An insight into the experimentation of multi-disciplinary artist, Pekka Niityvirta
In conversation with Ellie Brown, June 14, 2023
People — Art, Photography
Pekka Niityvirta is a multidisciplinary artist working with photography, video and installation to deconstruct different constructed realities that exist around the world. The artist often combines video footage and photographs with digitally-rendered images in order to challenge, or subvert, what we accept as reality. In his trilogy of works, Monsters, Dark Mills and Angels (2014-2020), for example, it is hard to differentiate between what is “real” and what has been artificially created by Niityvirta - a distinction that he deliberately does not make clear to the viewer. In doing so, the series draws attention to the systems that we, as humans, create and accept as “natural”. Walls - as borders, as boundaries, as incomplete architectural projects and as barriers - recur throughout Monsters, Dark Mills and Angels, echoing the kind of societal structures put in place to create “order”.
Other projects by Niityvirta include the series Lines (2018 - present), made in collaboration with the Finnish sculptor and artist, Timo Aho, which examines the impact of rising sea levels on different communities around the world. The site-specific work was first installed in the Outer Hebrides, off the coast of western Scotland, and saw Niityvirta and Aho install LED lights, totalling 115 metres in length, that show the projected sea level increase in the area. Using sensors to track changing tides, the lights are activated when this reaches its highest point. Given the low-lying nature of this remote location, the impression that Lines creates is clear: as night falls, the singular ribbon of light demonstrates just how much of this area could become uninhabitable. Niityvirta and Aho have also installed Lines in Miami, and more recently, in Dublin, Galway and Wexford - all of which create a different kind of impression of how damaging global sea levels will be. In 2020, Niityvirta and Aho worked with Google Arts & Culture to bring the premise of Lines to a global audience. Using the Street View function on Google Maps, Coastline Paradox allows users to visualise the extent of rising sea levels across the world from the present day to 2300. Viewers can click on different glowing locations to see how high, and how quickly, sea levels will make human inhabitation impossible.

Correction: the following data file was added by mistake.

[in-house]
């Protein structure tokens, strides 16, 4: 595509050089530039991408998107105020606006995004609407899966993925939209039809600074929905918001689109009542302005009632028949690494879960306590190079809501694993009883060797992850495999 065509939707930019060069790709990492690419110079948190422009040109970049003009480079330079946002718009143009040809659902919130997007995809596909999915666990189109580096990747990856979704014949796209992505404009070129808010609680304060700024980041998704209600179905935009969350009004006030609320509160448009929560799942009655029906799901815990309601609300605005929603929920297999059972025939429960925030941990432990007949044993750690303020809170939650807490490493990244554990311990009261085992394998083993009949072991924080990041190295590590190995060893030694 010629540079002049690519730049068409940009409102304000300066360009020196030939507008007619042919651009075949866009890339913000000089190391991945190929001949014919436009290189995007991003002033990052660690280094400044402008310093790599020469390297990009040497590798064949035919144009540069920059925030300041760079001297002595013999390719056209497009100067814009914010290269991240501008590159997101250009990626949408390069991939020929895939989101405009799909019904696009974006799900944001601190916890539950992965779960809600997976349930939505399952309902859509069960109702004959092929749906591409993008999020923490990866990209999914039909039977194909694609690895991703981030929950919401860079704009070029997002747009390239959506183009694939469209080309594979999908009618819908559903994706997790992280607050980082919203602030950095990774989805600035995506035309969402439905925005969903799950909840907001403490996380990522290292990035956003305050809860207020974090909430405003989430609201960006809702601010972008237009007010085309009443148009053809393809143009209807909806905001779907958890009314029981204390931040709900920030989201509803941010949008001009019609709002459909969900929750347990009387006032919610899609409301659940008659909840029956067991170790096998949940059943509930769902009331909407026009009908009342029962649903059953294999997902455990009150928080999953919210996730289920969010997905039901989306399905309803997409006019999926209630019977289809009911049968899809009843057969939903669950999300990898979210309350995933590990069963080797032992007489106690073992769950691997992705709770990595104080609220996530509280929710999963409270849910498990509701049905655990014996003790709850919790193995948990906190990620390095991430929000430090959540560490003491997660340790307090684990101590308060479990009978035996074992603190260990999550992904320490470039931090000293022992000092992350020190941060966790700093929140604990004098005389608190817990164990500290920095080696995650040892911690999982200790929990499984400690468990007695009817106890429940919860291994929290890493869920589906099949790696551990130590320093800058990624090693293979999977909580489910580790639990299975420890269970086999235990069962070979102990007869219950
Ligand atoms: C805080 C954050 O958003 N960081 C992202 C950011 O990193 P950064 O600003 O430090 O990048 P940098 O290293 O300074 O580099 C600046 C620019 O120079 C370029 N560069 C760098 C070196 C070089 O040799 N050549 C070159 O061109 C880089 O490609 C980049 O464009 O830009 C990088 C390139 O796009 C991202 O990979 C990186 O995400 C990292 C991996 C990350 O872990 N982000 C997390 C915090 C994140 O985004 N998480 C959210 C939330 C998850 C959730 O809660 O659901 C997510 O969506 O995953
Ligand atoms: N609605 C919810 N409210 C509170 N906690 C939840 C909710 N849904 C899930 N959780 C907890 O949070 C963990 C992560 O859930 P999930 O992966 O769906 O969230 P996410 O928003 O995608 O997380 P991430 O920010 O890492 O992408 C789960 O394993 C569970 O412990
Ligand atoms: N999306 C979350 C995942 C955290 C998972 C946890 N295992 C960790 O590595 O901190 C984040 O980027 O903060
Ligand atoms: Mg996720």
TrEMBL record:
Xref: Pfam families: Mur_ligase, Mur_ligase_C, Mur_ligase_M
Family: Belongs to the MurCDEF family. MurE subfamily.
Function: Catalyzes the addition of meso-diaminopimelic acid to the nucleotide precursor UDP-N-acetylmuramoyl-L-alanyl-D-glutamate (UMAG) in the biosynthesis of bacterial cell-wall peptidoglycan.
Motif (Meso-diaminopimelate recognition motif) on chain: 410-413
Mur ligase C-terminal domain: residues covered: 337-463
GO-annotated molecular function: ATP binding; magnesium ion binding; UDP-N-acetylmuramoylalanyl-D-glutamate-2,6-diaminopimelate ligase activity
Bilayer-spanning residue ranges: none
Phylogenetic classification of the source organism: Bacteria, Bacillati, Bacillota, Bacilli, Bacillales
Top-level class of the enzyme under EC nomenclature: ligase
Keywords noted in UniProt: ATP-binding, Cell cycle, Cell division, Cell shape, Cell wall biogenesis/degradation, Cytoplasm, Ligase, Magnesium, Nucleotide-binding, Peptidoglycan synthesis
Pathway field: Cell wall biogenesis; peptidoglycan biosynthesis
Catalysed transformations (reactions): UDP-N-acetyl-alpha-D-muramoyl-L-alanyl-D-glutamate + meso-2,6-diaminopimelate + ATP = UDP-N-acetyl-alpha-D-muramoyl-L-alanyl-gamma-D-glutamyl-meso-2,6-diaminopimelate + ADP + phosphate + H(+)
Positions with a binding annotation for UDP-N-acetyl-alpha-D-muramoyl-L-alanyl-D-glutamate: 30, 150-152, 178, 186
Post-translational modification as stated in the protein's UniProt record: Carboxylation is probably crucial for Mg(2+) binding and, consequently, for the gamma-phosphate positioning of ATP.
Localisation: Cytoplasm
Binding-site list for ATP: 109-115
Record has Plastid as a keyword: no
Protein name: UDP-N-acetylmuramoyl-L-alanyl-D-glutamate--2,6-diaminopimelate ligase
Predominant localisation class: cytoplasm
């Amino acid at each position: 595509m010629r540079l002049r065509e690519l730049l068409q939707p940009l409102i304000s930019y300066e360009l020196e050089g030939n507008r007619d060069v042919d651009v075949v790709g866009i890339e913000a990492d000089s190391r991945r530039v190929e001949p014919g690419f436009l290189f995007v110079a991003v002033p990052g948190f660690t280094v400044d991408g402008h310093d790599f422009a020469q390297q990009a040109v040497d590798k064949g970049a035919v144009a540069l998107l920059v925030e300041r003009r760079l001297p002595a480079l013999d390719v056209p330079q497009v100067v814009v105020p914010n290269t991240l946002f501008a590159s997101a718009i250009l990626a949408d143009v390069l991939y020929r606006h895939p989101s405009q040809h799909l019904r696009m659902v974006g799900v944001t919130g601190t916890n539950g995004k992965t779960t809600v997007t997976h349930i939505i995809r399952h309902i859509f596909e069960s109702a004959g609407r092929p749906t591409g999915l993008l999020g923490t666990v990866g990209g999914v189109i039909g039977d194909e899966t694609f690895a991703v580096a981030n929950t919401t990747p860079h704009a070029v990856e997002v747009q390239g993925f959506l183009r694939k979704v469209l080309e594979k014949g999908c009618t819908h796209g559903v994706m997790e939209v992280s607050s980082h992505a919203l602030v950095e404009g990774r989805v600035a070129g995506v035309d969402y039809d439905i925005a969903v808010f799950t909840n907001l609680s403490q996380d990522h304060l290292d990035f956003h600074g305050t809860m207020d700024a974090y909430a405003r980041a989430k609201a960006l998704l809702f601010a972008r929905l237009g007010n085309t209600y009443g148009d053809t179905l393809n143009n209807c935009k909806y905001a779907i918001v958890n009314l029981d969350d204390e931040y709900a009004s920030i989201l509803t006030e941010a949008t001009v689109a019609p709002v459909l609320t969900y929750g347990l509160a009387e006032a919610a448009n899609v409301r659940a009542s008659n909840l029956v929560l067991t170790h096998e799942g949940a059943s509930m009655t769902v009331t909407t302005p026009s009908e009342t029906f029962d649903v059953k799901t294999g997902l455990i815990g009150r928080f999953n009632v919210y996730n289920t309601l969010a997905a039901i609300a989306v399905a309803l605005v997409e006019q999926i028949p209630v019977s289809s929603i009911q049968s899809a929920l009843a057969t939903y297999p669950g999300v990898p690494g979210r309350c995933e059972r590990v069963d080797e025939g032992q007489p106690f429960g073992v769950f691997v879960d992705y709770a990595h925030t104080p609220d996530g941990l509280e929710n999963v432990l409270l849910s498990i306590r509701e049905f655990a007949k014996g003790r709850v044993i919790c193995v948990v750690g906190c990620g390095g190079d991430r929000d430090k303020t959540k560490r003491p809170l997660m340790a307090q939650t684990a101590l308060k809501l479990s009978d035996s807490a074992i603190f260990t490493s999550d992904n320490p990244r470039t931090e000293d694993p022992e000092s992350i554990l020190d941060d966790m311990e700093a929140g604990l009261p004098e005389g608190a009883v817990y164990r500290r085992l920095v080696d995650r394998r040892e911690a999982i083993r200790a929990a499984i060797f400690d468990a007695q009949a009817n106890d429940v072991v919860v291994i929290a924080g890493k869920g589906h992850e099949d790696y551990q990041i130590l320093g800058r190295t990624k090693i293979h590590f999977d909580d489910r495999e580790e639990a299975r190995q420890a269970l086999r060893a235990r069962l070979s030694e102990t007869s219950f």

Calling from Helsinki, where Niityvirta works and lives, we discuss how the artist approaches working across different mediums and finding ways to dissect the ways in which we negotiate and navigate with the spaces - built, natural, social - that surround us.
[With Monsters, Dark Mills and Angels], the images are constructed realities. I mean, some of the pictures are [presented] as plain documentary, some of them are not. I’m not stating what is real, and what is not. Some of them are totally digitally generated images; they are non-existent in reality, and some of them are just slightly altered. And it's all about the production of reality in the photographic sense. I think the reality we live in has been heavily produced - whether we want it to be or not.
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